At the end of the day, all we can do is our best – whether it is with those we are closest to in the world or those whom we just met or may not even know personally.  We can still demonstrate compassion and concern, we can still reach out and try, we can still be a safe space and source of comfort when needed, we can still hold out hope if that person is alive and we can still find ways to transform our pain into a light for the world when that person is no longer with us.  While not being able to effectively guide everybody into recovery can be excruciatingly painful, most especially when it is somebody we are deeply connected to, self-awareness and self-care can go a long way in preserving our passion and keeping us around for the long haul.  If anything, these experiences can most certainly serve as a reminder that we are in fact desperately needed to be around for the long haul.

Trauma, Trust and Healing The Broken Little Girl Inside Me

The last time I saw my Mom was when I was around four years old, and for as far back as I can remember, I always waited and wanted for my her to come back for me.  I thought about her often in a world where I was confronted with reminders of how moms and daughters are supposed to be together, how moms and daughters are supposed to do all kinds of stuff together. I thought about her often in a household where I felt very much like an outsider, hoping that she would come back at any moment and rescue me from what was an increasingly bleak existence. I waited and I waited and I waited. By the time I was 13 years old, I could wait no more.

After a short-lived running away from home escapade one night, I demanded that my father give me my mother’s address so I could go to her rather than waiting any longer for her to come to me. My plan was to ask my Mom if I could live with her. The hope was that my life would then get better.

My father pulled the car over almost immediately, turned around and looked at me and said “I’m sorry to have to tell you this Brooke, your mother died last year.”

Instantly, something deep inside of me broke. Almost as traumatic as the news of my Mom’s death due to a drug overdose was the realization that I had spent the past year believing in the possibility of her coming back for me when that hadn’t even been remotely possible.

Almost as devastating as learning that my mom had died was the fact that nobody bothered to tell me, that if I hadn’t asked, I never would have found out.

I was upset that I had been robbed of the choice to go to her funeral, angry that this information had been wrongly kept from me and shattered from having been so caught off guard.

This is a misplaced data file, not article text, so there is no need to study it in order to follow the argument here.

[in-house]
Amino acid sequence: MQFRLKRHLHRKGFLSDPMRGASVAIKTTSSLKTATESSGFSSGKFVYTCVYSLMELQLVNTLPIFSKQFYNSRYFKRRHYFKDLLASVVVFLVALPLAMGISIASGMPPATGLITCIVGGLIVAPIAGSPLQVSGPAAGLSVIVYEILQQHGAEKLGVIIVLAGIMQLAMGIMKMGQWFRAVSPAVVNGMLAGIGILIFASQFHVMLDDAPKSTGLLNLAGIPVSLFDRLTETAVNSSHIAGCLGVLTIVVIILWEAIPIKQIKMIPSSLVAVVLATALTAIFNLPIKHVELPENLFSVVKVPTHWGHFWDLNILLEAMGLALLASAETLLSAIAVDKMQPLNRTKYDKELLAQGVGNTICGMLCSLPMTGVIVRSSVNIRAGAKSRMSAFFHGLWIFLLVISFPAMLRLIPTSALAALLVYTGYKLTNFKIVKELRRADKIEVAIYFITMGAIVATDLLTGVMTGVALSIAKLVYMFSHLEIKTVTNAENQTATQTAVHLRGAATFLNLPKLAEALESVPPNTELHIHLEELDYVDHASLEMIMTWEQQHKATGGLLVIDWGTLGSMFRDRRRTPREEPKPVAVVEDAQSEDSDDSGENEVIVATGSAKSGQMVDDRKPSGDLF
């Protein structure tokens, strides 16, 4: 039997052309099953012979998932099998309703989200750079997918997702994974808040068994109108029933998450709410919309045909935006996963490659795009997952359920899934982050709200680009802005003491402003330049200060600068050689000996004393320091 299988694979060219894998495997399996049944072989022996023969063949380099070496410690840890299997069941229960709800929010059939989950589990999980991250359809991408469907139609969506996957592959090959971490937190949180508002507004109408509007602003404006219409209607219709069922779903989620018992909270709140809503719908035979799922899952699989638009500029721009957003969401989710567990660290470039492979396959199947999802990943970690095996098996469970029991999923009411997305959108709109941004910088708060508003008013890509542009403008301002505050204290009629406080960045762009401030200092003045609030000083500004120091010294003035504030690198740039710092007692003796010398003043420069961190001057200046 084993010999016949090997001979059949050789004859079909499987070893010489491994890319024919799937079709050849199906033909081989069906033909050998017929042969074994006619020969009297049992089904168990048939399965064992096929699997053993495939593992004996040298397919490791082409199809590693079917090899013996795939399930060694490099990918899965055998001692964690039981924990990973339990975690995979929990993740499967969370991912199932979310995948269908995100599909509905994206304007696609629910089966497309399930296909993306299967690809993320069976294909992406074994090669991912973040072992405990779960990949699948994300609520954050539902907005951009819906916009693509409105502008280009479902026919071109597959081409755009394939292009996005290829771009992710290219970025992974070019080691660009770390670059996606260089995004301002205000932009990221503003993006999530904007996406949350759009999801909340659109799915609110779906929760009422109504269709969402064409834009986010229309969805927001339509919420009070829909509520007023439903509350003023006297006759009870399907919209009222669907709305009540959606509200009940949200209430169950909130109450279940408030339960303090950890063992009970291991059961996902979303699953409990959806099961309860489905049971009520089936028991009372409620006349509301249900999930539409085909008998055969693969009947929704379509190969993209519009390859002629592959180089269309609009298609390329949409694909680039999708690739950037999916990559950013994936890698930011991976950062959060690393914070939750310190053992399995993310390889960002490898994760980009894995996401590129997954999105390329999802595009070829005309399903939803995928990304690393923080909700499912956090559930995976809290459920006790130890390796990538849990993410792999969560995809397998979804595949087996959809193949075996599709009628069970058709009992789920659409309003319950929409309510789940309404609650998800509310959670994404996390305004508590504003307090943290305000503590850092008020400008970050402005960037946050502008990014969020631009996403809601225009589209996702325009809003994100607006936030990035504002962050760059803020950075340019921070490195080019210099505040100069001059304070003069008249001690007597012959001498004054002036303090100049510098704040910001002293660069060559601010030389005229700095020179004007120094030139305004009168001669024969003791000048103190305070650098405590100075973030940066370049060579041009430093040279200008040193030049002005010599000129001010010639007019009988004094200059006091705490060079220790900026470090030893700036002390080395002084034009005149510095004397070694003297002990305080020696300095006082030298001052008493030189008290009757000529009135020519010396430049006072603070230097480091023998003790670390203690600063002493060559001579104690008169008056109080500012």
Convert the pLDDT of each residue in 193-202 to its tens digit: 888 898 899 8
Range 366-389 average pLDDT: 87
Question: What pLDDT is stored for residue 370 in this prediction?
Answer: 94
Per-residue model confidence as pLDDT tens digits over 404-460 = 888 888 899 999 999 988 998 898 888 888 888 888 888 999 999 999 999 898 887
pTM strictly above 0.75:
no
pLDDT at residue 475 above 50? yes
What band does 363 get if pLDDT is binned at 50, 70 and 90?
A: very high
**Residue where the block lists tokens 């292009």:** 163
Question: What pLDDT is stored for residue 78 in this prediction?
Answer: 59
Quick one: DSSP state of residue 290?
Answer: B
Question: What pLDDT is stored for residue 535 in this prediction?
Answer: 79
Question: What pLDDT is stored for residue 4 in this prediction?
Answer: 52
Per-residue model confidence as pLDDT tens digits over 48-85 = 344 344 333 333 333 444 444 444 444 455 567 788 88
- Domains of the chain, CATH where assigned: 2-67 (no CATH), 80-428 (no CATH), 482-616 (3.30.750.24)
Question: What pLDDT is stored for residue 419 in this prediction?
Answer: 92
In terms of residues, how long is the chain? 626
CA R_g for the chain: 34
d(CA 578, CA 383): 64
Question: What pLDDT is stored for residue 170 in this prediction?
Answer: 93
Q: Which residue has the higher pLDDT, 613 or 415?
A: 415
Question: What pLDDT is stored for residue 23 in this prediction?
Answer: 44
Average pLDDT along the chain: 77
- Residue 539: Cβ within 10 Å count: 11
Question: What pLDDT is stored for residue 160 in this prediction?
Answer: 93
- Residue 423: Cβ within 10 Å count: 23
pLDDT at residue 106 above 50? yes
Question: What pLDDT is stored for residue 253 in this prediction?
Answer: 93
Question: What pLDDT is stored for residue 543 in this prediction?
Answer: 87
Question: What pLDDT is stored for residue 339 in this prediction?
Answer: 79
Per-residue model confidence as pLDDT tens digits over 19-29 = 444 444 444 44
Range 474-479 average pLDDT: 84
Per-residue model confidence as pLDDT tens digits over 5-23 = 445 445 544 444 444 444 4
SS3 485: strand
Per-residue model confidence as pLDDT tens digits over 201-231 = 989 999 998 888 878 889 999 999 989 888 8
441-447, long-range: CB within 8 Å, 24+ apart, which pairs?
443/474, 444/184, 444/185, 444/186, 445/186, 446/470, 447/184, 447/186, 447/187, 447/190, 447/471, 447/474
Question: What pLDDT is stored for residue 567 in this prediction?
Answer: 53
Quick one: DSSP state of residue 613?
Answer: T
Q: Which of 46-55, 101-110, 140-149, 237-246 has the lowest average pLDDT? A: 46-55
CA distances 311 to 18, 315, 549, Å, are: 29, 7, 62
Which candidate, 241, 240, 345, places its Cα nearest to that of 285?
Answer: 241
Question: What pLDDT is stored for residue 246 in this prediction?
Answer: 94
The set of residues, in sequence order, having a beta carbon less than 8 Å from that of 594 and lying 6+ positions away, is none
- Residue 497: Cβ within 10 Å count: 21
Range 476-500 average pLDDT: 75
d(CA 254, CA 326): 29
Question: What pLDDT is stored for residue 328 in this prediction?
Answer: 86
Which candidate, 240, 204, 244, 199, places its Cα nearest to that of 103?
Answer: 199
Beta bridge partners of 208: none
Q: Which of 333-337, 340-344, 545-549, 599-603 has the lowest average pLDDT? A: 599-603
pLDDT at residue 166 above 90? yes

This painful experience is one that has gone on to impact my life and my relationships in multiple ways. While I have spent more hours in therapy than I can count focused on healing from this trauma, I still have much work to do.

As a result of the trauma I experienced, I have a high expectation of trust in my intimate relationships.  In order to allow myself to be open and vulnerable, I have to feel safe in that my partner will not lie about or withhold information from me that could take away my power of choice, catch me off guard or leave me open to getting badly hurt.  Although I will be continuing the journey of my healing process for many years to come, I imagine that this need for safety in the area of trust in my relationships will always be higher than most. It is part of who I am, and I have grown in accepting and loving that broken little girl inside of me who so desperately needs to feel safe.

I have had my trust betrayed in intimate relationships. I have found myself with partners who, due to their own limitations, just weren’t capable of the level of honesty I needed in order to feel safe. It has been both devastating and a great catalyst for deeper healing when this has occurred.

These days, I continue to address and work through the trauma I’ve experienced as I strive to provide for myself the safety that the broken little girl inside of me needs. Some days, I wonder if I will ever find myself in an intimate relationship where the level of trust and safety I need is present. Other days, I believe that somewhere out there is a person who is capable of the level of honesty and authenticity I so desire.

At the end of the day and most importantly, I continue to work on loving and showing up for that broken little girl inside of me whose world was rocked so many years ago. I continue to nurture her, take care of her and discover new strategies for helping her feel safe in the world. I also continue to grow in taking the risk of believing in possibilities, the risk of believing in things I cannot see.  The act of putting this blog out into the world is in itself one of those risks: the act of believing in the possibility that my sharing this deeply personal experience of mine will somehow touch and help heal someone else.  I very much hope it does just that.  I know the act of writing it and putting it out there has at least helped heal and touch me.